Google is building a new mobile-messaging service that taps its artificial intelligence know-how and so-called chatbot technology to try to catch up with rivals including Facebook Inc. in the fast-growing arena, according to people familiar with the matter.
Messaging services are among the world’s most popular mobile apps, with more than two billion users, according to Portio Research Ltd. But Google’s two messaging services—Hangouts and Messenger—trail far behind Facebook’s WhatsApp and Messenger and Tencent Holdings Ltd.’s WeChat, the most popular messaging app in China. Some services are adding other capabilities—WeChat, for instance, lets users shop, pay bills and book appointments.
For its new service, Google, a unit of Alphabet Inc., plans to integrate chatbots, software programs that answer questions inside a messaging app, the people familiar with the matter said. Users will be able to text friends or a chatbot, which will scour the Web and other sources for information to answer a question, those people said. It is unclear when Google will launch the service, or what it will be called. Also in doubt is whether the new approach will be more successful than the company’s prior efforts. Users typically join messaging services because they know other users; Google has struggled to create such network effects with both Hangouts and Messenger.
A Google spokeswoman declined to comment.
Google veteran Nick Fox has been leading a team working on the new service for at least a year, according to people familiar with the matter. Tech news website The Information reported his new role as vice president of communications products earlier this year.
In October, Mr. Fox offered to buy 200 Labs Inc., a small startup that builds chatbots, but the firm declined the offer, according to two people familiar with the situation.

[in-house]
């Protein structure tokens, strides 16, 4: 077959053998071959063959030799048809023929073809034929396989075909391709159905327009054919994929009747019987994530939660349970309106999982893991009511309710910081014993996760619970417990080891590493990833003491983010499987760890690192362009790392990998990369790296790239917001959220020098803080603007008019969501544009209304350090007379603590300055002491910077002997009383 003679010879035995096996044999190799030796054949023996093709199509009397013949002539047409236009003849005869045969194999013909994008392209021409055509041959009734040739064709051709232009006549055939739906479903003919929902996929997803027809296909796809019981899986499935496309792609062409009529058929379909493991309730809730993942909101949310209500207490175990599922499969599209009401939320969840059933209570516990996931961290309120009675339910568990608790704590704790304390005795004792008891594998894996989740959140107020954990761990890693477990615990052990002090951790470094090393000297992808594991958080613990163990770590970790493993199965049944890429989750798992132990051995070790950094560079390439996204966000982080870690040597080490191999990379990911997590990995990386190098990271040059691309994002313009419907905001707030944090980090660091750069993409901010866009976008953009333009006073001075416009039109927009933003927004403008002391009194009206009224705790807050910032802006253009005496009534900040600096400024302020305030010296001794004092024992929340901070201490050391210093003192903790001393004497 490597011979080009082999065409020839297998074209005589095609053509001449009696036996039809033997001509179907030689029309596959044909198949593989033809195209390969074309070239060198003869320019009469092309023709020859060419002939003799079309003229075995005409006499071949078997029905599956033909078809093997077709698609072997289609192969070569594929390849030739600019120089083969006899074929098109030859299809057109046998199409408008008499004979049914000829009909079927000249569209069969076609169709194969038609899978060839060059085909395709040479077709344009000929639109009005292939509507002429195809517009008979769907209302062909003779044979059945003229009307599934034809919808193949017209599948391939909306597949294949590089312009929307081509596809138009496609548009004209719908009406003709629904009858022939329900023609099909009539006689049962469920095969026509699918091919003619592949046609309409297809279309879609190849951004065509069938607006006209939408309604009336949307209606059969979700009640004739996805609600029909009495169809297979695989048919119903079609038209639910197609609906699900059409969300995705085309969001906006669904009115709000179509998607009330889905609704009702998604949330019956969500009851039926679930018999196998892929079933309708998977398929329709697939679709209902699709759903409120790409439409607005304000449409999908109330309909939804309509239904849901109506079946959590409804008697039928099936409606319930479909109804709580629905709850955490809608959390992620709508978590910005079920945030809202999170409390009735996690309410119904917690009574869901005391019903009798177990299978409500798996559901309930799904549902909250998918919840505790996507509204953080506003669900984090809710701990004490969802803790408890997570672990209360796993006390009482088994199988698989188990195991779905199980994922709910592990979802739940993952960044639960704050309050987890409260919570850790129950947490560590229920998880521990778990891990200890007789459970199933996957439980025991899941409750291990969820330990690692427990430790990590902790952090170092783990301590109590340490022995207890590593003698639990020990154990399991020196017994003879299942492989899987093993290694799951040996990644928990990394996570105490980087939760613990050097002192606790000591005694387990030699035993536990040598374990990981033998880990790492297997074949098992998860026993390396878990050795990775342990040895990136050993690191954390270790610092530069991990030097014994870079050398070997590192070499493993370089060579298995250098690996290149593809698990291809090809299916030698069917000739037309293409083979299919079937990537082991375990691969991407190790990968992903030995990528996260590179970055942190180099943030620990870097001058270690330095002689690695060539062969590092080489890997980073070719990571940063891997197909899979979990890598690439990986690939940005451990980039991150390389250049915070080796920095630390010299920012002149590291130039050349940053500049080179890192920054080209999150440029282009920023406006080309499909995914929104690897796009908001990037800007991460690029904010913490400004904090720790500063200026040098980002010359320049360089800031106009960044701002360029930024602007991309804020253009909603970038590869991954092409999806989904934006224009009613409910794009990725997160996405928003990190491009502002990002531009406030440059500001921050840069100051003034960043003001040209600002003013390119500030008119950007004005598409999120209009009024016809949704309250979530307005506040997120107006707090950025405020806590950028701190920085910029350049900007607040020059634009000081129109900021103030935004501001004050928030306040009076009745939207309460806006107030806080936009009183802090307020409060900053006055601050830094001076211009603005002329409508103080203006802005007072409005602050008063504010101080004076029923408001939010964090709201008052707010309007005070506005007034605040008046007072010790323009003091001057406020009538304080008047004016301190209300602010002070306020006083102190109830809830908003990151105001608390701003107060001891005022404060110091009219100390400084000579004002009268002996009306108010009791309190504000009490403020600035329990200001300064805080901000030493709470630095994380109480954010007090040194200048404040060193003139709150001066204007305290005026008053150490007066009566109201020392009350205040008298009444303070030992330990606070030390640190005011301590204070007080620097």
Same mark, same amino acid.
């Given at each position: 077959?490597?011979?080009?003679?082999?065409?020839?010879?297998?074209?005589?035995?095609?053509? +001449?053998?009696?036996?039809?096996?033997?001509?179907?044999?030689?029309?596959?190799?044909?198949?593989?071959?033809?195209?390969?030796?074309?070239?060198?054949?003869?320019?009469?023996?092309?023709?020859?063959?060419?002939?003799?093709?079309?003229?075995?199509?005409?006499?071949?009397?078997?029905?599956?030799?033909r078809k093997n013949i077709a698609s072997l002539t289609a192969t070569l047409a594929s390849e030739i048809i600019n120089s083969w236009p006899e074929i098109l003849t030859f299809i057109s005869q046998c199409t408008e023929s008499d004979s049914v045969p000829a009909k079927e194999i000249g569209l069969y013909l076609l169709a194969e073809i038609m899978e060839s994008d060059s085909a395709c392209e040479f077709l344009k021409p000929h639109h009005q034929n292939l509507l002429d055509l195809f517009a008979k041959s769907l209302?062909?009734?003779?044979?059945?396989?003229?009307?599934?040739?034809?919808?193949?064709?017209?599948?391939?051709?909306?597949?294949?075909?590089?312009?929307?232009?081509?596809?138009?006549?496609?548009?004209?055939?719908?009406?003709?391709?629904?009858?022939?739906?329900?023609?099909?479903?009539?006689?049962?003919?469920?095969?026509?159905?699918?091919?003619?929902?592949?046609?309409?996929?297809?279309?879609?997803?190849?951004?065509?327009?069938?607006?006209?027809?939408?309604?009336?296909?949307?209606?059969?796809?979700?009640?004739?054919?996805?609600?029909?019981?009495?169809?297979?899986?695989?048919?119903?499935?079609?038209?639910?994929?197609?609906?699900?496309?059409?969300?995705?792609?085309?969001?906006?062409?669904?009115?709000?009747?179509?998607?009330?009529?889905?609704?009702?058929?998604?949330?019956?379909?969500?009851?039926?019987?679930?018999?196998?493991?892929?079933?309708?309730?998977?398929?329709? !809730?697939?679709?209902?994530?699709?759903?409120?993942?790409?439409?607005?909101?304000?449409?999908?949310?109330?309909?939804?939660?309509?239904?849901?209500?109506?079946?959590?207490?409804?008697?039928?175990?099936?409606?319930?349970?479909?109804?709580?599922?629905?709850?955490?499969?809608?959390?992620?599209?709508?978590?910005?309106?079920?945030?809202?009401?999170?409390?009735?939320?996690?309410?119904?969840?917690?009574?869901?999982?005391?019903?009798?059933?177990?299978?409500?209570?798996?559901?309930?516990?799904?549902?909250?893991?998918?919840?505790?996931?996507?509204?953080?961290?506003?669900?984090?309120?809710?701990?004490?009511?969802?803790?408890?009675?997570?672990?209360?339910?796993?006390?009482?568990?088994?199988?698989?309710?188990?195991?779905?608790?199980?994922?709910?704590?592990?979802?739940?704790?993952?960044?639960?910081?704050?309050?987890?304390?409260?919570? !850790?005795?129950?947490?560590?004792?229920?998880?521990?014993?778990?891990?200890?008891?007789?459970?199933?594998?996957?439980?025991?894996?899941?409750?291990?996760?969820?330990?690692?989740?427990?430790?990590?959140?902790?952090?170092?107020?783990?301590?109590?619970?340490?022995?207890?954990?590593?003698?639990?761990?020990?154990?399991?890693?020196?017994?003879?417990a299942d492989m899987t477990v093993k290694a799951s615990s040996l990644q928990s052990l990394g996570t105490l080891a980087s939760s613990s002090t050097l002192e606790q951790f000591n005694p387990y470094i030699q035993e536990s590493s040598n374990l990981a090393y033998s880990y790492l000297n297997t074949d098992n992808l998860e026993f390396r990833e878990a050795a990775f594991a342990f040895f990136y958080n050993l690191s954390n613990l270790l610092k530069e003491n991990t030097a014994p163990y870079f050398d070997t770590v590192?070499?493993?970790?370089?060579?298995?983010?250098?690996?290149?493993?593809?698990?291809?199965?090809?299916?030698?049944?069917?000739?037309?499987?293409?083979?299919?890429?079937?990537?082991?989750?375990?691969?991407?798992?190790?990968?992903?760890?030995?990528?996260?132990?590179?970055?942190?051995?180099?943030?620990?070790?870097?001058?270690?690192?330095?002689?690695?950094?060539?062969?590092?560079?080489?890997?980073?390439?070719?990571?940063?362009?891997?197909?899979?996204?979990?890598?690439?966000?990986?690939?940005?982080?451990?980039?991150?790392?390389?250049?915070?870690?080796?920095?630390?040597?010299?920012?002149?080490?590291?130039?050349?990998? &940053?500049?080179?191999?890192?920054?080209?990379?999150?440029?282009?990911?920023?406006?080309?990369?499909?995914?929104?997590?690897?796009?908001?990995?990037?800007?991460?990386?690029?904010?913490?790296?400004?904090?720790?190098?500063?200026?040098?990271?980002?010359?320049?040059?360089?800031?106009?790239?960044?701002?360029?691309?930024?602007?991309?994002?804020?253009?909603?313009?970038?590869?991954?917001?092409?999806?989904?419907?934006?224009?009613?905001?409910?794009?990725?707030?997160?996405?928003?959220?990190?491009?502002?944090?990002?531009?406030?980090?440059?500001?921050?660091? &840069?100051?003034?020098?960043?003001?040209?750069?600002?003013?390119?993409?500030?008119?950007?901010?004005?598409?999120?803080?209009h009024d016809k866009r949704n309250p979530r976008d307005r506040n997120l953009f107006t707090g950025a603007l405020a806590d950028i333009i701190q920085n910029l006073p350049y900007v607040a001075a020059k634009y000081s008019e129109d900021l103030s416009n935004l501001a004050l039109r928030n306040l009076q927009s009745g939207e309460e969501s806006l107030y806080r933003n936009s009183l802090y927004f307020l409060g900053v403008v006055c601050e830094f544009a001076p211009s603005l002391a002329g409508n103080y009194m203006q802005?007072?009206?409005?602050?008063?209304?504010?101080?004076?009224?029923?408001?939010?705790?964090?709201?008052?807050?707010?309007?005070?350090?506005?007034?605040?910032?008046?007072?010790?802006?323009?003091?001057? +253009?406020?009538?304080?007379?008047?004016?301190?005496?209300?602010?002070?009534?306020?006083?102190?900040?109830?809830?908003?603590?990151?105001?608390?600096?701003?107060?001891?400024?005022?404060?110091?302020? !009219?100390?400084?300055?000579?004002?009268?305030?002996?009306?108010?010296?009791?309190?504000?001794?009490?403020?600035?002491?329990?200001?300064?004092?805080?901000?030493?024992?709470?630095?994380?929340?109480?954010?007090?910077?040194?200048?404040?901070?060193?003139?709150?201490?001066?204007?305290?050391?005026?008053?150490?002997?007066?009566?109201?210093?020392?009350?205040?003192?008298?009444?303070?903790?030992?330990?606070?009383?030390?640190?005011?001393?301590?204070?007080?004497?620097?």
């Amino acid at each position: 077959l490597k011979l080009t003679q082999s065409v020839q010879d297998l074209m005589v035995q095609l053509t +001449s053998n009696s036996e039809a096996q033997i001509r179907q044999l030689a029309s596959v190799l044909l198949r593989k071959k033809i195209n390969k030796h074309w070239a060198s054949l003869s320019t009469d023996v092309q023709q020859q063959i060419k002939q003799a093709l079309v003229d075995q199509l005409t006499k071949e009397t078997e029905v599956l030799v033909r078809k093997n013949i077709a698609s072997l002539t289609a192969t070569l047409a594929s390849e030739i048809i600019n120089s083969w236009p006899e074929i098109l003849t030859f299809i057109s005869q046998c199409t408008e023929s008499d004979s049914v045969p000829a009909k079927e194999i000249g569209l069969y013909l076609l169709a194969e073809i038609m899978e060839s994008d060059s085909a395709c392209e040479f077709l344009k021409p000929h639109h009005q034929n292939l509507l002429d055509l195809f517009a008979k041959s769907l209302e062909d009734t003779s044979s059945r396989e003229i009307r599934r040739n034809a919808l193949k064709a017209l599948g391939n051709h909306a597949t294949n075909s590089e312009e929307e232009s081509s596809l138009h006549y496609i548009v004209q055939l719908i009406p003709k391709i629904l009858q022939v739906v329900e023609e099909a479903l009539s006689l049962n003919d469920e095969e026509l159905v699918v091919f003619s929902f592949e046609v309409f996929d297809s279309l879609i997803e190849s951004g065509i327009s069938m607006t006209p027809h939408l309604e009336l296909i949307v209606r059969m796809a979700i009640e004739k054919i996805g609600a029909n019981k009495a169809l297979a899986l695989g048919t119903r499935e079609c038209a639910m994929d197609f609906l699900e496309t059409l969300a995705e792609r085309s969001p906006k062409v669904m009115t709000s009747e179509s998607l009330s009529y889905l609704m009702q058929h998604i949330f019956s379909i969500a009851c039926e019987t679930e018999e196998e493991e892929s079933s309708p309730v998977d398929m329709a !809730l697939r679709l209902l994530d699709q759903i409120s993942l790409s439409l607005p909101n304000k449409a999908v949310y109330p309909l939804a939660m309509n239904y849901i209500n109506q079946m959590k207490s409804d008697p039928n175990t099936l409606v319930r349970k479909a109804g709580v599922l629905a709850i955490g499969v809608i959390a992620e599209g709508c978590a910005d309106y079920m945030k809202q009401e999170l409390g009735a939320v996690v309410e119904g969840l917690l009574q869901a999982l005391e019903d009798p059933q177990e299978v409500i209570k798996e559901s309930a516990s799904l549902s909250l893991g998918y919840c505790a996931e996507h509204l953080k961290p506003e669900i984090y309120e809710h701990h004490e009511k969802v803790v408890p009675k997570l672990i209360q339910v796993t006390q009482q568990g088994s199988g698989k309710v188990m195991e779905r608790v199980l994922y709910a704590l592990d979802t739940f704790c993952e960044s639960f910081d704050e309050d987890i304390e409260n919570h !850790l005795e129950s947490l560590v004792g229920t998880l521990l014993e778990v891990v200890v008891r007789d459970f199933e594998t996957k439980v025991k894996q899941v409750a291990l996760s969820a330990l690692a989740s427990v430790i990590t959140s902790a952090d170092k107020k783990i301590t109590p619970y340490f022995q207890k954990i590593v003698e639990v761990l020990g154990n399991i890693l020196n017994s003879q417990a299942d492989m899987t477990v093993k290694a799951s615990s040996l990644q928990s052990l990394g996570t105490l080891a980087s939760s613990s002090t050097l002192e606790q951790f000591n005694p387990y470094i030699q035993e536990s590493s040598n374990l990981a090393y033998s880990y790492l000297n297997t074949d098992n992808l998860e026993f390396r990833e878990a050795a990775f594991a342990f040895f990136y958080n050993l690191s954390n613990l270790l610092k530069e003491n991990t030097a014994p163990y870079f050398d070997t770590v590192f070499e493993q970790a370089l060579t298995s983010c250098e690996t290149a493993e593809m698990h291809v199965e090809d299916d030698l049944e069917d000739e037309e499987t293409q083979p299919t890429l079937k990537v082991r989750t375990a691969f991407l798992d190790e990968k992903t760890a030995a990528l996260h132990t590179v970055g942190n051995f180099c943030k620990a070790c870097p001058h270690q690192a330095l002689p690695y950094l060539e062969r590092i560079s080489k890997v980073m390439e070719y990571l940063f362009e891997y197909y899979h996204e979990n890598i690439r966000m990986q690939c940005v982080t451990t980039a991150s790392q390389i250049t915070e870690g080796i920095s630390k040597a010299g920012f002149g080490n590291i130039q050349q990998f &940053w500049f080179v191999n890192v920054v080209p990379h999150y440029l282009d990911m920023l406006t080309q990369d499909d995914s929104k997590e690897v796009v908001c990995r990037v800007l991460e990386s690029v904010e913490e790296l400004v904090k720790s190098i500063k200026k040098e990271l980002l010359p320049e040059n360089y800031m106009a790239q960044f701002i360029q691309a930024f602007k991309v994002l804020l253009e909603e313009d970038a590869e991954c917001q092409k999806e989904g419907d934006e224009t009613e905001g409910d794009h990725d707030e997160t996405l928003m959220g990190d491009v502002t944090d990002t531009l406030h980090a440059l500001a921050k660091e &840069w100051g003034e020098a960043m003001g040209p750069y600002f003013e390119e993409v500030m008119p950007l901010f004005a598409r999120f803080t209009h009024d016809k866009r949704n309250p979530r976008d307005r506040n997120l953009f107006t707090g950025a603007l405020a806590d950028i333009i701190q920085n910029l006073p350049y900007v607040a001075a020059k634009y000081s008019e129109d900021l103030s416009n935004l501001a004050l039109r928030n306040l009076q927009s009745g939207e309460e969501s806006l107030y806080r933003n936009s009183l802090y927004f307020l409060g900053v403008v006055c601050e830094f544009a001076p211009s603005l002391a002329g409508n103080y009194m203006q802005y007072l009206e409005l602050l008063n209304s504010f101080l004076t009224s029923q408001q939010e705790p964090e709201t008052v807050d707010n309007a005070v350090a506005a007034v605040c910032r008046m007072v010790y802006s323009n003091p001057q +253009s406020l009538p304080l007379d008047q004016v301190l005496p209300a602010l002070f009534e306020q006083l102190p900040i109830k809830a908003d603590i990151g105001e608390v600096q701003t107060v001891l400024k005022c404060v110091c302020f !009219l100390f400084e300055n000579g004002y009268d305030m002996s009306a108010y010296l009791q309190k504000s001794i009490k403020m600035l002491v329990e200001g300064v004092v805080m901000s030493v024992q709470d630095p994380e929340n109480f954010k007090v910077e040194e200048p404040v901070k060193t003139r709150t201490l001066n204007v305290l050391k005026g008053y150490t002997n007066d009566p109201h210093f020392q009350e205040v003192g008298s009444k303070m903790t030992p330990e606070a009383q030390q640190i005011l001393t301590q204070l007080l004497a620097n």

200 Labs developed a marketplace and rating service for chatbots on Telegram, a messaging app that offers hundreds of chatbots, devoted to subjects such as the weather, image search, news and dating. 200 Labs is working on technology that will choose the best chatbot to respond to a request.
Google is pursuing a similar goal with its messaging service, the people familiar with the plan said.
Instead of typing a query into Google’s search engine, users will send questions as text messages, to which chatbots will respond. Google likely will allow outside developers to build chatbots to run on the service, one of the people said.
Google would steer users to specific chatbots, much as its search engine directs users to relevant websites. The move is strategic, because messaging apps and chatbots threaten Google’s role as the Internet’s premier discovery engine.
“All users care about is a convenient way to find what they are looking for and if Google isn’t in front of the consumer that is a problem for them,” said Scott Stanford, co-founder of venture-capital firm Sherpa Capital. “Messaging is a subset of the Internet where Google is not strong. They have to win and be the dominant player in messaging.”
Consumers already have many messaging choices. Sherpa Capital has invested in Luka.ai, another startup that is building a messaging service that also answers questions and performs other tasks. Operator, started by Uber Technologies Inc. co-founder Garrett Camp, is another. Slack Technologies Inc., which focuses on workplace communication, offers chatbots to automate tasks like translating text. In August, Facebook launched M, a digital assistant that purchases items, books restaurants, travel and appointments through texts.
Luka.ai uses artificial-intelligence techniques in its answers. When a user asks for a restaurant recommendation, the app responds based on what it knows about a user.
“We show you a steakhouse and you say, ‘No I’m vegetarian,’ and the system remembers and doesn’t recommend meat restaurants” next time, said Zhenya Kuyda, chief executive of Luka.ai.
Google is making a similar service, she added.
The company already has done extensive research into artificial intelligence. In June, its researchers announced that they had built a chatbot that learns how to talk with humans by analyzing dialogue from movies. Google’s Web-based search engine already is capable of basic conversations.
Google is taking these capabilities, currently delivered in the form of a search service, and integrating them into its new messaging service, the people said.
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